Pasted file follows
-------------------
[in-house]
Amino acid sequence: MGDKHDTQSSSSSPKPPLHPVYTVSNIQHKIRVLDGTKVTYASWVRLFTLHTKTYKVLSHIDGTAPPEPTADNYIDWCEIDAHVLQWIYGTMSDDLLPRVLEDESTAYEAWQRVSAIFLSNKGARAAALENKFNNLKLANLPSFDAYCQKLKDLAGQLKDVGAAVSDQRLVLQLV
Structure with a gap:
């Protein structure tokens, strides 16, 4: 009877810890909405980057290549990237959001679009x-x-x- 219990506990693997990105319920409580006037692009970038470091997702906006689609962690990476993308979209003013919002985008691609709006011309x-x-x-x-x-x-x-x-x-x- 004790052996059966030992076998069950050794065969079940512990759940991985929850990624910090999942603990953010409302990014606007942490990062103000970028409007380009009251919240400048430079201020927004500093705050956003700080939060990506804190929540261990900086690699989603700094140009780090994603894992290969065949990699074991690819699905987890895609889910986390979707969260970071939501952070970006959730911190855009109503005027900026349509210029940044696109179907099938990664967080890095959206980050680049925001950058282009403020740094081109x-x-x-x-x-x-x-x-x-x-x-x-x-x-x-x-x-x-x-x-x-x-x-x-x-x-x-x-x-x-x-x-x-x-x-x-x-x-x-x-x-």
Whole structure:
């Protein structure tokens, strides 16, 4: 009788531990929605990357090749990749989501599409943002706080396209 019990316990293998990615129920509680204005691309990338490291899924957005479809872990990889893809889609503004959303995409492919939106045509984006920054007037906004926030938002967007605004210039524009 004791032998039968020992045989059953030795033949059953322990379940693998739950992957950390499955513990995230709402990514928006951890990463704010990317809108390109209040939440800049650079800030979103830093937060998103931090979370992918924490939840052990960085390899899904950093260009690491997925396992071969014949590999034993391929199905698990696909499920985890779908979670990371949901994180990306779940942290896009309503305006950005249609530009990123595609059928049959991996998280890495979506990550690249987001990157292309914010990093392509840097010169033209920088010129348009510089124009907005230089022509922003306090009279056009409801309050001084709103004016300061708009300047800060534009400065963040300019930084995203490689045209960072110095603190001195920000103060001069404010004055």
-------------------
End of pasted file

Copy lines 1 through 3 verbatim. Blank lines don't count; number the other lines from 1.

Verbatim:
[in-house]
Amino acid sequence: MGDKHDTQSSSSSPKPPLHPVYTVSNIQHKIRVLDGTKVTYASWVRLFTLHTKTYKVLSHIDGTAPPEPTADNYIDWCEIDAHVLQWIYGTMSDDLLPRVLEDESTAYEAWQRVSAIFLSNKGARAAALENKFNNLKLANLPSFDAYCQKLKDLAGQLKDVGAAVSDQRLVLQLV
Structure with a gap: